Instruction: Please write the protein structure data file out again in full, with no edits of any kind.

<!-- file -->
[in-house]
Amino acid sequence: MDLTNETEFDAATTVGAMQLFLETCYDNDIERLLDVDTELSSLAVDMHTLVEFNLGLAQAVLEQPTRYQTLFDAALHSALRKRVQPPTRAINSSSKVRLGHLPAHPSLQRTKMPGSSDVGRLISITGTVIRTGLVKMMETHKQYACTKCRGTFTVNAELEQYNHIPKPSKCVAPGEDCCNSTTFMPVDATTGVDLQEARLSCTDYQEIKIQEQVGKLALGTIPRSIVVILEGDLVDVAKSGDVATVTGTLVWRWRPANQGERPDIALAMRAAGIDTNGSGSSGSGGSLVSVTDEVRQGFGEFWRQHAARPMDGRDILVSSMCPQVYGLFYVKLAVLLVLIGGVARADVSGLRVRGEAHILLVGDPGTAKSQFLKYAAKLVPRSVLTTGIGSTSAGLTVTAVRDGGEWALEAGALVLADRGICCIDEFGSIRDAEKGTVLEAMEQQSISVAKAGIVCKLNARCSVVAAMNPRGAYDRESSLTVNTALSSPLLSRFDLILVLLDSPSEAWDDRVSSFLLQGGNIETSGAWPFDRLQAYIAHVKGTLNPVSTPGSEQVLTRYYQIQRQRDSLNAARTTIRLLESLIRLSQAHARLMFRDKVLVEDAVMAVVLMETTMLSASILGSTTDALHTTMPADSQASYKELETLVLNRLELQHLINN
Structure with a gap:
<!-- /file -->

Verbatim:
[in-house]
Amino acid sequence: MDLTNETEFDAATTVGAMQLFLETCYDNDIERLLDVDTELSSLAVDMHTLVEFNLGLAQAVLEQPTRYQTLFDAALHSALRKRVQPPTRAINSSSKVRLGHLPAHPSLQRTKMPGSSDVGRLISITGTVIRTGLVKMMETHKQYACTKCRGTFTVNAELEQYNHIPKPSKCVAPGEDCCNSTTFMPVDATTGVDLQEARLSCTDYQEIKIQEQVGKLALGTIPRSIVVILEGDLVDVAKSGDVATVTGTLVWRWRPANQGERPDIALAMRAAGIDTNGSGSSGSGGSLVSVTDEVRQGFGEFWRQHAARPMDGRDILVSSMCPQVYGLFYVKLAVLLVLIGGVARADVSGLRVRGEAHILLVGDPGTAKSQFLKYAAKLVPRSVLTTGIGSTSAGLTVTAVRDGGEWALEAGALVLADRGICCIDEFGSIRDAEKGTVLEAMEQQSISVAKAGIVCKLNARCSVVAAMNPRGAYDRESSLTVNTALSSPLLSRFDLILVLLDSPSEAWDDRVSSFLLQGGNIETSGAWPFDRLQAYIAHVKGTLNPVSTPGSEQVLTRYYQIQRQRDSLNAARTTIRLLESLIRLSQAHARLMFRDKVLVEDAVMAVVLMETTMLSASILGSTTDALHTTMPADSQASYKELETLVLNRLELQHLINN
Structure with a gap: